Fed Watch!

News Across The Nation: Double Cohort In Ontario, Ontario Buying Researchers, New Brunswick Boosting Scholarships, Walk To School Day THE VOICE October 2, 2002

Double Cohort in Ontario – More than Expected?

The Ontario government is re-iterating how their plan will ensure that the universities of Ontario are ready for the double cohort (see: http://www.newswire.ca/government/ontario/english/releases/September2002/27/c5505.html). For those not aware, this school year Ontario switches from a secondary school system that goes to grade 13 to one that only goes to grade 12. This means that it is possible for the students in both grades to all graduate in one year. This is part of why the Ontario Government has been so concerned with adding more physical space to the various universities and post-secondary schools around the province. In the announcement the Ontario government re-stated that there will be a place for every willing and qualified student next September.

Unfortunately, it seems that some doubt about this promise is being raised (see:http://www.nationalpost.ca/home/story.html?id={E5637C1F-AE2E-4944-944B-4A2605841D73}). Documents from the Ministry of Training, Colleges, and Universities show that the provinces models are assuming that only 60% of the students that are supposed to graduate from grade 12 will actually do so, with the remainder requiring another year. Surveys of the students and the credits they are gathering suggest the number is more likely to be near 90%.

The 30% difference means that universities in Ontario could find themselves simply not properly equipped to teach all of the students that want to attend. This likely means that those students will either wind up not getting their post-secondary education in Ontario, or not getting it at all. Not that I’m saying the Ontario government will go back on its word about the post-secondary system being ready for every willing and qualified student – it just all comes down to what exactly is meant by “qualified”.

As I have suggested in earlier columns, it seems to be increasingly apparently that for Ernie Eves government, “qualified” has more to do with being able to afford the education, rather than being suited for it.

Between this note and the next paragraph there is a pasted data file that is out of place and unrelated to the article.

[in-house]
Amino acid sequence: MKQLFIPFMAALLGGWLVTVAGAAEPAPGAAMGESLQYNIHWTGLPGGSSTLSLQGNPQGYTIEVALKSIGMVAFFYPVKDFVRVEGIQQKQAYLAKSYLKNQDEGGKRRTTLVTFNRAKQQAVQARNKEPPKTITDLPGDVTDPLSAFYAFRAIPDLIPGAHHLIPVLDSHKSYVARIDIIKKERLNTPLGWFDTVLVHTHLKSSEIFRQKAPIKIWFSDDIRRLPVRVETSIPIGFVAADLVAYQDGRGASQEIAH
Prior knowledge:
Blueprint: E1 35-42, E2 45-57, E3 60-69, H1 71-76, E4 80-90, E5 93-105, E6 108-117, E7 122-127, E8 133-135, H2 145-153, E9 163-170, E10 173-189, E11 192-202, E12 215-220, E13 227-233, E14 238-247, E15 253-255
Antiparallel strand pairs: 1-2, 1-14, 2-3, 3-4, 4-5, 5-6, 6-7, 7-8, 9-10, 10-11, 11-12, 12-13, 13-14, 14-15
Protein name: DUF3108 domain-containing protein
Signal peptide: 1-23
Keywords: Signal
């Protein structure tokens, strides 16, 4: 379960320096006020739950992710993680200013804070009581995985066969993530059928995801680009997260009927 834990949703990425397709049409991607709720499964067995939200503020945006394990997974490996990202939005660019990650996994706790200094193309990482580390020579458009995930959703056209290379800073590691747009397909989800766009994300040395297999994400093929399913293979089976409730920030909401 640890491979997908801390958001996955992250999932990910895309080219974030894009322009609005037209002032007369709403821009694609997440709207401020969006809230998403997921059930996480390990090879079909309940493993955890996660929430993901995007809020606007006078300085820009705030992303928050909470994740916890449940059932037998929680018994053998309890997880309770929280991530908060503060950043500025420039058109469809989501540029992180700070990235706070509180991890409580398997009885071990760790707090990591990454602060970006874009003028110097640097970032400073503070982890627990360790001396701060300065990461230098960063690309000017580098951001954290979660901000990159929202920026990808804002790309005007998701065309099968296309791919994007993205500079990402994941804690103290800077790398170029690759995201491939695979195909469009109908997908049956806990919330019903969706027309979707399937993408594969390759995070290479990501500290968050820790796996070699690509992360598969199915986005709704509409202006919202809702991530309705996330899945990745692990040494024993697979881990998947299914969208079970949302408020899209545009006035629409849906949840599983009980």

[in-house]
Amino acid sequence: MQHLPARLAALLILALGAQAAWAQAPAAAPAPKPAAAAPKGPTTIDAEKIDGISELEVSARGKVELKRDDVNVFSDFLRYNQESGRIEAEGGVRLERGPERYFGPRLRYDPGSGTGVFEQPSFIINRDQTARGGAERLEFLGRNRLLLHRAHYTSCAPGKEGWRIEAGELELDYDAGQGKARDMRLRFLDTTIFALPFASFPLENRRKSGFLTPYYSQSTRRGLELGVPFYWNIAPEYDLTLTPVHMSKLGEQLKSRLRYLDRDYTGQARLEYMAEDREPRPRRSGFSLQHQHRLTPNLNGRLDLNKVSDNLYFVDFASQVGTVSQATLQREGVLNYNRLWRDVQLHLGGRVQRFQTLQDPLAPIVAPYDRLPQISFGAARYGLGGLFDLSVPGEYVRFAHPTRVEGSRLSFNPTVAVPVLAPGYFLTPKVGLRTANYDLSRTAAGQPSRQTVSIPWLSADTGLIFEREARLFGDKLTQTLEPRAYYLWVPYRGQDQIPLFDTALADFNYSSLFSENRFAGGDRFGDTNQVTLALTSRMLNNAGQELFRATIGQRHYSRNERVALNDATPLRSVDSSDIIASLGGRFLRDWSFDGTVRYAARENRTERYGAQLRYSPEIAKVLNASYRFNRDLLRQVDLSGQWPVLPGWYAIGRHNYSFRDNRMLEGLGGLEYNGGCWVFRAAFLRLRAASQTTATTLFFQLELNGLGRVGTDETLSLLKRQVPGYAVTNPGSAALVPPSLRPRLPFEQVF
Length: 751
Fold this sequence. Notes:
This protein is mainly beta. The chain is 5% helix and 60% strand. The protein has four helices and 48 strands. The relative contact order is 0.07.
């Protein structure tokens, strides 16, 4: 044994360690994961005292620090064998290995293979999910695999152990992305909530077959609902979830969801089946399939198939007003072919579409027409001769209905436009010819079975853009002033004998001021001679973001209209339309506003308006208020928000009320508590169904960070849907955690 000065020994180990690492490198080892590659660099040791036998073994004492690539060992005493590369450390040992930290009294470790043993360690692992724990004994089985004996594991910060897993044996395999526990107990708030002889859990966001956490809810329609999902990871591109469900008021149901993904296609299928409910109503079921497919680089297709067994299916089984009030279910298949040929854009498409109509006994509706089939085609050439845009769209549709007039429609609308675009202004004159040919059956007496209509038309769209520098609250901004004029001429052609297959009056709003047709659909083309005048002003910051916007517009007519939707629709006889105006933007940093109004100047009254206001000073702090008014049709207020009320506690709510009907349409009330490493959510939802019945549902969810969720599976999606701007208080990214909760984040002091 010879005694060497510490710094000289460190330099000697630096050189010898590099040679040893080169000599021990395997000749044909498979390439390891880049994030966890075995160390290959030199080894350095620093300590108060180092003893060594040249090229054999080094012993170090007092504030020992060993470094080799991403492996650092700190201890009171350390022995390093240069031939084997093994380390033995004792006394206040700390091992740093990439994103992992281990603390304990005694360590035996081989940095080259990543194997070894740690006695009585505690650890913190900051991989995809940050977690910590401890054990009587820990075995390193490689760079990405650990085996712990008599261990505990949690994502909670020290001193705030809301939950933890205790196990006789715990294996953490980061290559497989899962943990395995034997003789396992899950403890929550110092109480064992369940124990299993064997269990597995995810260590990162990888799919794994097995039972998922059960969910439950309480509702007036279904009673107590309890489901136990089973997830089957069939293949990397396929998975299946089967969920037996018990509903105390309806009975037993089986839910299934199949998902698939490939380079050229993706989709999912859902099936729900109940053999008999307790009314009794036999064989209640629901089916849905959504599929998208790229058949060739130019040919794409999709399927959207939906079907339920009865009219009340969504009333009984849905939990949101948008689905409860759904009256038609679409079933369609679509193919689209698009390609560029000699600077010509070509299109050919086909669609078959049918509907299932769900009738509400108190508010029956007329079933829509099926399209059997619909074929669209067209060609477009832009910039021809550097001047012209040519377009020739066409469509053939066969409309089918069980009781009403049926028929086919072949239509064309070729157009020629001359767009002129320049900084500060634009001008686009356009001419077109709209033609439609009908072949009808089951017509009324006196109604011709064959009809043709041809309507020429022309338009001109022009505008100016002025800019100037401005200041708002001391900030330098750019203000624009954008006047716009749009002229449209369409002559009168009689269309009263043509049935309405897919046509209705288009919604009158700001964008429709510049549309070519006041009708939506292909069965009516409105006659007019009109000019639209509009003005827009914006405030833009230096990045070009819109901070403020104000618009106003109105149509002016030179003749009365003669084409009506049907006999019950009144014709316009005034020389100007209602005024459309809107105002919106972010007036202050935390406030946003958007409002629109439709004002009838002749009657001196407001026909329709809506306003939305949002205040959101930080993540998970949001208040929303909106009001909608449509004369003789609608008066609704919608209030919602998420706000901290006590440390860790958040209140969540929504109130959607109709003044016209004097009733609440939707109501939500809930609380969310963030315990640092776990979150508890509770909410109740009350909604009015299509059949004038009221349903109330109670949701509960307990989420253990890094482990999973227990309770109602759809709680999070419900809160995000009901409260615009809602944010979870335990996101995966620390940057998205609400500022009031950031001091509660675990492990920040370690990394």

Ontario Buying Researchers

On the other side of the university situation we have the number of researchers that work at the universities. Studies have shown that over the next few years there will be an increasing shortage of people with advanced degrees to help forward our research and teaching needs. Ontario is getting a jump on this problem by investing 40.7 million into attracting new researchers to the University of Ottawa (see: http://www.newswire.ca/government/ontario/english/releases/September2002/24/c4163.html). This money will be used to support 41 different research projects, and as the Associate Minister of Enterprise, Opportunity, and Innovation has said, “Investing in our researchers and research infrastructure will ensure that groundbreaking work continues, and will help Ontario retain and attract the world’s top researchers and scientists. By investing in innovation, our government is creating a stronger future for Ontario.”

Once again, this seems to reflect the attitude of the Ontario government in looking for short-term fixes for longer-term problems. Rather than invest to make a limited pool of advanced researchers larger, Ontario would rather invest to make sure they simply get a larger number from that already limited pool. Hopefully some of the researchers they attract will be able to inform the government about the wisdom of economics – specifically the benefits of increasing supply rather than simply trying to outbid demand.

New Brunswick Boosting Scholarships

And in a demonstration of what I believe is the right way to go about things, the New Brunswick Government today cut the first cheque for a scholarship fund to help university students in financial need (see: http://www.gnb.ca/cnb/news/edu/2002e0943ed.htm). This is a partnership between the provincial government and the universities, which are required to raise matching funds for the scholarship endowments.

This investment, which is the first in a provincial contribution of $500,000 total, is what we really need to ensure that Canada and Canadians get the best researchers possible. When you remove monetary need from the equation, it becomes much easier for the best qualified to rise to the top, and personally, I would rather have the best doctor than the richest one.

Walk to School Day

Also in New Brunswick, Wednesday, October 2, 2002 is officially “Walk to School Day” an annual event that takes place in 20 countries to promote physical fitness, the environment, and safe pedestrian skills (see: http://www.gnb.ca/cnb/news/edu/2002e0949ed.htm).

While a worthy cause, I am rather glad this is one Athabasca University does not support. For most of us, it would be a long walk indeed.

A native Calgarian, Karl is perpetually nearing the completion of his Bachelor of Arts with a Major in Information Studies. He also works for the Computer Sciences Virtual Helpdesk for Athabasca University and plans to eventually go on to tutor and obtain his Master’s Degree.